During a 1999 interview, The Andy Griffith Show star Don Knotts opened up about Barney Fife’s southern accent on the classic show.
As the lovable and goofy Deputy Sheriff of wholesome Mayberry, Fife became one of the most beloved characters in television history. From 1960 to 1968, Knotts starred on The Andy Griffith Show as Sheriff Andy Taylor‘s right-hand man. The pair made quite the duo for five of the eight seasons before Knotts left the sitcom.
The pair policed Mayberry, a small, idyllic American town based off of Andy Griffith’s hometown of Mount Airy, North Carolina. While speaking with the Television Academy Foundation in Los Angeles more than two decades ago, Knotts opened up about his character. The interviewer asked Knotts about creating Fife and what influenced the role. Then she specifically asked about Fife’s southern accent and how he developed that for his character. The accent didn’t trouble Knotts since he grew up in West Virginia.
“Of course, I’m from West Virginia so I had a little bit of a hillbilly accent. But we didn’t lean on that,” The Andy Griffith Show star explained in the interview. “Andy, in the beginning, I think, laid on his southern dialect more than he really had. And then he pulled that way back as we went on.”
Many fans might not remember it, but Andy and Barney’s roles on the show were somewhat switched in the very first episode. Andy played the comedic part while Barney played the role more straight and narrow. However, after just one episode, Andy knew that Barney should be the funny one so they changed it up. Part of that was toning down his exaggerated southern accent.
“He pulled the character way down, and just played him as a normal guy,” Knotts shared. “He has a natural southern accent anyways, so he didn’t have to put any more on.”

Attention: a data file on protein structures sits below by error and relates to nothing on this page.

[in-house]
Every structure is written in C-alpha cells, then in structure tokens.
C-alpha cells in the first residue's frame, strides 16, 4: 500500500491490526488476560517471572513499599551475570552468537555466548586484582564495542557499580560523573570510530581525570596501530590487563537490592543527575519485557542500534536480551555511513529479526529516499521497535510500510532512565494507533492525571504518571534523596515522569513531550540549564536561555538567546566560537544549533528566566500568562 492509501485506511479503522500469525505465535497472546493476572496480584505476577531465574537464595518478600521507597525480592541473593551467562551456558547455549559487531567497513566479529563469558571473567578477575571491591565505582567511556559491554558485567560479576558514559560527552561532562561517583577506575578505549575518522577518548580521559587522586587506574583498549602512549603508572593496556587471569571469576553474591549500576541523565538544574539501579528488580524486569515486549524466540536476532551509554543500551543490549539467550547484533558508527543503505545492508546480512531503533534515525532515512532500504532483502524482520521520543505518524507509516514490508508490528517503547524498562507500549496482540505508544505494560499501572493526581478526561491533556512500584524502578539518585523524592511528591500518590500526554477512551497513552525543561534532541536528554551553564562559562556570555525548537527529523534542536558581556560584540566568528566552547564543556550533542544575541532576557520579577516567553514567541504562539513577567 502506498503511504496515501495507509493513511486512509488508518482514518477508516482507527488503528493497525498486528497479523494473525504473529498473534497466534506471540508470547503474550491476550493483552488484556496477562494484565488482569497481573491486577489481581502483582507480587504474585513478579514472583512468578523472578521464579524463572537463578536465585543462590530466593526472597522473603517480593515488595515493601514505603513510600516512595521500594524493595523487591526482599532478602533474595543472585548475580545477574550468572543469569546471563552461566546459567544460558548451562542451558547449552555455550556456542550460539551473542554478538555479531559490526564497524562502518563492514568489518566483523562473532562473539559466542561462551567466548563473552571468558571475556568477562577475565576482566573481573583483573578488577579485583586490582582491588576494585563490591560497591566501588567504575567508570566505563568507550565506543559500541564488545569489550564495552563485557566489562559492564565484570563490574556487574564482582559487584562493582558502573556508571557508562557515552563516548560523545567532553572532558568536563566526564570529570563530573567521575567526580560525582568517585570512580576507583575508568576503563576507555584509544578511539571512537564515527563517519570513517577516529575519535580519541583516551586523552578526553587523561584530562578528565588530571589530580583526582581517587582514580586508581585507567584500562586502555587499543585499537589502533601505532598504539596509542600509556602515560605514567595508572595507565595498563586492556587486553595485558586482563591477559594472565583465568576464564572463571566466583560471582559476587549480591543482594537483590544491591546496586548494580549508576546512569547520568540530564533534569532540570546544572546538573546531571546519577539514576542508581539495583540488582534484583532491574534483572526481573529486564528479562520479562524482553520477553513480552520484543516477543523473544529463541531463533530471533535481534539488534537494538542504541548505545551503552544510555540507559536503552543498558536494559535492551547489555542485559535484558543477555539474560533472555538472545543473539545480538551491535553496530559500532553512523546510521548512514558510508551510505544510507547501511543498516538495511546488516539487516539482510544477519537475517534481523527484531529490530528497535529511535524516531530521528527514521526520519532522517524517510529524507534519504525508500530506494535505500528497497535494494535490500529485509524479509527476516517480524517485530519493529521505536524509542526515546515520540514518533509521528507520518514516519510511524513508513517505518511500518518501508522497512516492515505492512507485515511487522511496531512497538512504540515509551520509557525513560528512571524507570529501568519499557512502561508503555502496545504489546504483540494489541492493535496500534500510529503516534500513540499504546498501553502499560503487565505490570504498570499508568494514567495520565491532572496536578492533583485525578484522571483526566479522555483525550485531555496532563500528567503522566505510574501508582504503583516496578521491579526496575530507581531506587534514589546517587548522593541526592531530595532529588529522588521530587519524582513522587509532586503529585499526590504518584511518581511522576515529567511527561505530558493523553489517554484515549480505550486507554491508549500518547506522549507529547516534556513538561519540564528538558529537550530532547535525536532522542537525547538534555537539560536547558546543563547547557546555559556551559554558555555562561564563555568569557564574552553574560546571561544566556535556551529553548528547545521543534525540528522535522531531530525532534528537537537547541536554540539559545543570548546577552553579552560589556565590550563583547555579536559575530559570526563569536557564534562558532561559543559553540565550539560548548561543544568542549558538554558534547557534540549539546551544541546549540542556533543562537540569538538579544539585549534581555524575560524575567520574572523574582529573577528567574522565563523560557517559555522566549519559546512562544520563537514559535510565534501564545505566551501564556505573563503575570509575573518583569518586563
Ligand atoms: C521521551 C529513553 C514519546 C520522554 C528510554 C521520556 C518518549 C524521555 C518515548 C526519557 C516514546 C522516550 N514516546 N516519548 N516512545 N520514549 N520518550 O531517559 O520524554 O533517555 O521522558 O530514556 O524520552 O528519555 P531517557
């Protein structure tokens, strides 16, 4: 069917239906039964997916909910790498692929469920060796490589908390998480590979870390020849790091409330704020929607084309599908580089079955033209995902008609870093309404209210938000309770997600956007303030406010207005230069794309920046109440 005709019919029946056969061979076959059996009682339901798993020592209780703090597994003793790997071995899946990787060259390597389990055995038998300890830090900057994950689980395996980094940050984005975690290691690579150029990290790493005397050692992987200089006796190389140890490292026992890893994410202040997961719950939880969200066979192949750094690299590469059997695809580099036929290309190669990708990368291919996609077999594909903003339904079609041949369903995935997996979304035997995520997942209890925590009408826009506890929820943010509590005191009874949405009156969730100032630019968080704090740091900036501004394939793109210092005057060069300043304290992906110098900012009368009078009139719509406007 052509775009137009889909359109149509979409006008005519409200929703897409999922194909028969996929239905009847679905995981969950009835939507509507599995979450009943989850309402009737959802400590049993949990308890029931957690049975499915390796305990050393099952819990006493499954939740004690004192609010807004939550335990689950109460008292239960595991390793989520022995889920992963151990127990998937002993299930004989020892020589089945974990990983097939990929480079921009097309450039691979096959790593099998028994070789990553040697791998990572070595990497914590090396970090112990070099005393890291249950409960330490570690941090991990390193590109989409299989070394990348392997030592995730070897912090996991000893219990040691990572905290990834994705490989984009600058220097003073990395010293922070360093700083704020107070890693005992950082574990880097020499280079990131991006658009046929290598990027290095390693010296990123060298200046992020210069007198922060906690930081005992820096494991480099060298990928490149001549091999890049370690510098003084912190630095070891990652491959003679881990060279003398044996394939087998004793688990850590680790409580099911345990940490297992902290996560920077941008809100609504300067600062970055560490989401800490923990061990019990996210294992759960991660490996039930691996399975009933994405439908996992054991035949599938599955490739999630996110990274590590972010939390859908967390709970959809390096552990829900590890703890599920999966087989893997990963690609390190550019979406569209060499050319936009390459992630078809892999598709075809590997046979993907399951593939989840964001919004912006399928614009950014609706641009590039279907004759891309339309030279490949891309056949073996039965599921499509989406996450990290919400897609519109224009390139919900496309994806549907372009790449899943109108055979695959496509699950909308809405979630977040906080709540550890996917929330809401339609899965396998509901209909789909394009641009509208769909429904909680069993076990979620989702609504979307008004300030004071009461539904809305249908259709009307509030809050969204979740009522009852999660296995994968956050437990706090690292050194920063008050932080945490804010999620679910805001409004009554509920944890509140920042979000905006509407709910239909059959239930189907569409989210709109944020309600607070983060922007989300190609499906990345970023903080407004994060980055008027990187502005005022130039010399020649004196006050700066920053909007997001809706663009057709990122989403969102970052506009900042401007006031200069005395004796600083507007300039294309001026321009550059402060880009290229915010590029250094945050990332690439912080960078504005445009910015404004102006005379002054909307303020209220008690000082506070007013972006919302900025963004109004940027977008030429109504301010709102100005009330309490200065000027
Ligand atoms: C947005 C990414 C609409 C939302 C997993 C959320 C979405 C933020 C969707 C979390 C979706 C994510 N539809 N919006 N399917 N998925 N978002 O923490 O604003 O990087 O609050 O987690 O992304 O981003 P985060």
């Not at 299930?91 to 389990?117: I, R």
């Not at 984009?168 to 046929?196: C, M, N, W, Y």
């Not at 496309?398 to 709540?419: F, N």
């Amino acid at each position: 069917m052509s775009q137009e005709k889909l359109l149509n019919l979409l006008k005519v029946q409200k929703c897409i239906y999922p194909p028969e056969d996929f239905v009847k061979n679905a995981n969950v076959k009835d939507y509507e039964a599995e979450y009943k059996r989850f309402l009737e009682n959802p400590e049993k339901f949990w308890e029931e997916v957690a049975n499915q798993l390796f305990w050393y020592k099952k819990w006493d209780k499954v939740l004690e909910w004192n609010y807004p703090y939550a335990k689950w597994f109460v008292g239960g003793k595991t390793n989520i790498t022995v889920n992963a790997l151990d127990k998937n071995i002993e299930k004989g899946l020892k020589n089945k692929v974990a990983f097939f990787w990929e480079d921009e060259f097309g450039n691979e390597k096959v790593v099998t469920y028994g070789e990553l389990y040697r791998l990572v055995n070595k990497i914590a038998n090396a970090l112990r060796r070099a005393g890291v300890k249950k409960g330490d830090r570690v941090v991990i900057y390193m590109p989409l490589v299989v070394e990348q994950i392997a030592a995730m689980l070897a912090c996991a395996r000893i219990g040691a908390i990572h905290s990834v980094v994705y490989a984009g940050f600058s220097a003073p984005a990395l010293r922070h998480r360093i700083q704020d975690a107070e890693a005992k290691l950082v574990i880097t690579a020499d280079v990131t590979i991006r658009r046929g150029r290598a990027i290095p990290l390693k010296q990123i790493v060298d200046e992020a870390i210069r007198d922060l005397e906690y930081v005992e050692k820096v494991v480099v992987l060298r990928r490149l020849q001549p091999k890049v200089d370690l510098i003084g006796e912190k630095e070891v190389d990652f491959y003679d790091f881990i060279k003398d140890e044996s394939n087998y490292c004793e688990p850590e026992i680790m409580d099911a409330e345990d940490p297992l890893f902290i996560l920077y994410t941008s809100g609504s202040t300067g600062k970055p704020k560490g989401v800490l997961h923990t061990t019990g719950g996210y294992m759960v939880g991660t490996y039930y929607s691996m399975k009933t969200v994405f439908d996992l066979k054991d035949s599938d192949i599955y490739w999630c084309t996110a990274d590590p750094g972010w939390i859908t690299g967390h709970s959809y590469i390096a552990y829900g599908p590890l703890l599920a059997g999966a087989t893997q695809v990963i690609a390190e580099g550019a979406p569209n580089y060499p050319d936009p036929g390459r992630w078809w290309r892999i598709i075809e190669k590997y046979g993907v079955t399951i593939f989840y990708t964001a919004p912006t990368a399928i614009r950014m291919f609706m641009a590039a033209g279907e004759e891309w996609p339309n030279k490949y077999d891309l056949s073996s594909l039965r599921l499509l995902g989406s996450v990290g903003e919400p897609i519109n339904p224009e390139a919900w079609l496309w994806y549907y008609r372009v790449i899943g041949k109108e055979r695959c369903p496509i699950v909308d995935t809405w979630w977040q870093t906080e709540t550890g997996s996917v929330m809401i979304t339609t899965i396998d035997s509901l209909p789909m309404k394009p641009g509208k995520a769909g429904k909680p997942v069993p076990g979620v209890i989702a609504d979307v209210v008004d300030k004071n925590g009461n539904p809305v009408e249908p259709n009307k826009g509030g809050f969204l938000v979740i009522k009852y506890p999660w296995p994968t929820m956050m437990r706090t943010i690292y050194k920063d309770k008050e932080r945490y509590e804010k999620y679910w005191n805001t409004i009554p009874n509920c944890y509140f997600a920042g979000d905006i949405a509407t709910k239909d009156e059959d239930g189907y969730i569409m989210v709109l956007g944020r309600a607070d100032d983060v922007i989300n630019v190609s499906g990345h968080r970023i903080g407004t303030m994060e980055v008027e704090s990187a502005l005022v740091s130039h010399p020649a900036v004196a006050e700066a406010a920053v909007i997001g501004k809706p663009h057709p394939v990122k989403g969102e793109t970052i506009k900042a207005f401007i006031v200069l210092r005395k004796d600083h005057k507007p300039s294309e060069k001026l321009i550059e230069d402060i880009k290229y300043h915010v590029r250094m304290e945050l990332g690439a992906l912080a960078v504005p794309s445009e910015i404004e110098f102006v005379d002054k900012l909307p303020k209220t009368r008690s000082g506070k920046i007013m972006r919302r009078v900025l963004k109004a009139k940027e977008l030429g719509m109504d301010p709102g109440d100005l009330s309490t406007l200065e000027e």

‘The Andy Griffith Show’ Stars Would Often Improv Additional Scenes on the Fly
The two The Andy Griffith Show stars switched roles early on in the show’s creation like we mentioned. And it turned out to be for the best obviously. Could you imagine a straight-laced Barney Fife or an overly goofy Andy Taylor? Yea, neither can we.
Yet the two actors knew each other’s skillsets so well early on that their chemistry is still evident to this day when watching the classic sitcom. In fact, that same chemistry also helped out the show in more ways than its creators could have imagined. When needed, Griffith and Knotts could create scene ideas out of the blue. While speaking with CNN in 2006, Opie actor and famed director Ron Howard joined Andy Griffith to speak about the show.
During the interview, Howard talked about Knotts and Griffith’s influence on The Andy Griffith Show. When production stalled and needed a little something extra, Knotts and Griffith would take over.
“Every once in a while, [co-creator Aaron Ruben] would come down to the set and say, ‘The show is running a little short,’” Howard said to Griffith. “I have these vivid memories of you and Don and Aaron going off to the side and cooking up some of these really classic two-person bits. I always wondered, did you have those in your hip pocket, or did you just generate them from scratch? It was always amazing to watch these scenes emerge.”
“The three of us would get together. Aaron was a brilliant comedy mind himself. One of us would come up with an idea of what direction to go. Then, the three of us would write it, and then we’d go in and shoot it right fast,” Griffith responded.